Thoko Hanjahanja-Phiri

Research Coordinator | Lab Manager

Thokozani Hanjahanja-Phiri, PhD, is passionate about research and finding solutions that solve real-world problems and reduce inequalities in health, especially among vulnerable populations, and solutions that positively influence the social and economic domains of these households. Her research interests are in the fields of maternal and child health/nutrition with a focus on food insecurity and the developmental origins of health and disease; refugee newcomer health; community programming/research; and health technology.


PhD, School of Public Health and Health Systems, University of Waterloo, Canada, 2018

MPhil, Nottingham Business School, Nottingham Trent University, UK, 2008

BSocSc, Chancellor College, University of Malawi, Malawi, 2000


  • Persuasive Technology in Climate Change Interventions: A Systematic Review
  • Public Health Surveillance and Ethics Using IoT
  • Ethical principles for infodemiology and infoveillance studies concerning infodemic management on social media
  • Data Governance for Active Assisted Living Technologies Along the Continuum of Care
  • WHO - Qualitative Evidence Synthesis for the prevention and treatment of wasting in young children

List of publications

Hanjahanja-Phiri, T., Buchan, C., Butler, A., Doggett, A., Romano, I., Neufeld, H., & Janes, C. (2022). Navigating Newcomers’ Food Transitions in the COVID-19 Pandemic: A developmental evaluation of a community-based program. (Preprint).

Hanjahanja-Phiri, T. (2021). A conceptual framework of the impact of maternal early life drought exposure on newborn size in Malawi. Sustainable Environment, 7(1), 1951017.

Hanjahanja-Phiri, T. (2018). Intergenerational effects of maternal exposure to drought in utero on Newborn size in rural Malawi. Annals of Nutrition and Metabolism, 73(1), 74-76.

Adams, K. P., Vosti, S. A., Ayifah, E., Phiri, T. E., Adu‐Afarwuah, S., Maleta, K., ... & Dewey, K. G. (2018). Willingness to pay for small‐quantity lipid‐based nutrient supplements for women and children: Evidence from Ghana and Malawi. Maternal & child nutrition, 14(2), e12518.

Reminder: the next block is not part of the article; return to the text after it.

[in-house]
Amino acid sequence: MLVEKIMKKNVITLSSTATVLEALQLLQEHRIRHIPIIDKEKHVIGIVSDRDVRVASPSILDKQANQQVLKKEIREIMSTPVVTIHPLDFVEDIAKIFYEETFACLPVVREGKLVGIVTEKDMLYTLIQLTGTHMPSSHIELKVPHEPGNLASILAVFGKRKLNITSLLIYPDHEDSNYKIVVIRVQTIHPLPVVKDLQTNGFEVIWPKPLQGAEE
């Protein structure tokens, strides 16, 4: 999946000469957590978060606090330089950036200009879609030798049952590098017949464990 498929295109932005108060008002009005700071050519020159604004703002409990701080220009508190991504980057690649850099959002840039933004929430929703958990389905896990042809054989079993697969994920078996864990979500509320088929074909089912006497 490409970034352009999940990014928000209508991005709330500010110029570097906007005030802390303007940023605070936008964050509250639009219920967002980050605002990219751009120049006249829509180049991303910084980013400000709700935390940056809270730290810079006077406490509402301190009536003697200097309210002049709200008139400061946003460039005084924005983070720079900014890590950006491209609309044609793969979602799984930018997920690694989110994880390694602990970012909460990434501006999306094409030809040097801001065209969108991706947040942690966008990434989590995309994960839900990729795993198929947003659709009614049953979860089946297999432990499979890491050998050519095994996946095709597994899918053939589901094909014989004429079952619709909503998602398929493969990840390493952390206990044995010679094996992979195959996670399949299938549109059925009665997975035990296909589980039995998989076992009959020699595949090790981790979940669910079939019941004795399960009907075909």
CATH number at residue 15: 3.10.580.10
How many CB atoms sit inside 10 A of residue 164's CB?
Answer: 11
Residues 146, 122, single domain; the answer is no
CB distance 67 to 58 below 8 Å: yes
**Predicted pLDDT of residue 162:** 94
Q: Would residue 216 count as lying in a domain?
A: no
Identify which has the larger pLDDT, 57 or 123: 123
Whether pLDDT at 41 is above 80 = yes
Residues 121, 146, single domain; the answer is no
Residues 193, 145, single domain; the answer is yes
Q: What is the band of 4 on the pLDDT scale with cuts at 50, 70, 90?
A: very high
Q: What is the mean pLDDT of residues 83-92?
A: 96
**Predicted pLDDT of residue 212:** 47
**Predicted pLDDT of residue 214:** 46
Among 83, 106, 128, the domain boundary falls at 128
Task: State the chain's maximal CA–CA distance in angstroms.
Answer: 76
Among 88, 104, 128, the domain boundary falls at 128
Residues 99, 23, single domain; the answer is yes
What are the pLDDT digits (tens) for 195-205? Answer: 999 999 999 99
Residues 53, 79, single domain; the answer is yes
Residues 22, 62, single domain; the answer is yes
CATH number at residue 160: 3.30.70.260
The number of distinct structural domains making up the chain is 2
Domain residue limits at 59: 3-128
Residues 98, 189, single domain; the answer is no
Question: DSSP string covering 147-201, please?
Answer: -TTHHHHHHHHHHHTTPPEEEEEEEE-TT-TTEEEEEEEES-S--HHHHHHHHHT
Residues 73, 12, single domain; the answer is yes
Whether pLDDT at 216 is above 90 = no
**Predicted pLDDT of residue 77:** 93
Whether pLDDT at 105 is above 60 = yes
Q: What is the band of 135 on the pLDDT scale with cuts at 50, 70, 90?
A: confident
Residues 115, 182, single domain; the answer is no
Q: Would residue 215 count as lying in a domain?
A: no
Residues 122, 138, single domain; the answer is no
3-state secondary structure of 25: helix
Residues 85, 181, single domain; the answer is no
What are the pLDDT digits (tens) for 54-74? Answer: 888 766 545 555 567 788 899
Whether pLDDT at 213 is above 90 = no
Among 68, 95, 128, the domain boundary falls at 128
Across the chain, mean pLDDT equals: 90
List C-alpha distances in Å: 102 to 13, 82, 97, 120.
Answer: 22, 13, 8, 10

Adams, K. P., Ayifah, E., Phiri, T. E., Mridha, M. K., Adu-Afarwuah, S., Arimond, M., ... & Dewey, K. G. (2017). Maternal and child supplementation with lipid-based nutrient supplements, but not child supplementation alone, decreases self-reported household food insecurity in some settings. The Journal of nutrition, 147(12), 2309-2318.

Ashorn, P., Alho, L., Ashorn, U., Cheung, Y. B., Dewey, K. G., Gondwe, A., ... & Maleta, K. (2015). Supplementation of maternal diets during pregnancy and for 6 months postpartum and infant diets thereafter with small-quantity lipid-based nutrient supplements does not promote child growth by 18 months of age in rural Malawi: a randomized controlled trial. The Journal of nutrition, 145(6), 1345-1353.

Maleta, K. M., Phuka, J., Alho, L., Cheung, Y. B., Dewey, K. G., Ashorn, U., ... & Ashorn, P. (2015). Provision of 10–40 g/d lipid-based nutrient supplements from 6 to 18 months of age does not prevent linear growth faltering in Malawi. The Journal of nutrition, 145(8), 1909-1915.

Phiri, Thokozani 2014. "Review of Maternal Effects on Early Childhood Stunting." Grand Challenges Canada Economic Returns to Mitigating Early Life Risks Project Working Paper Series, 2014-18.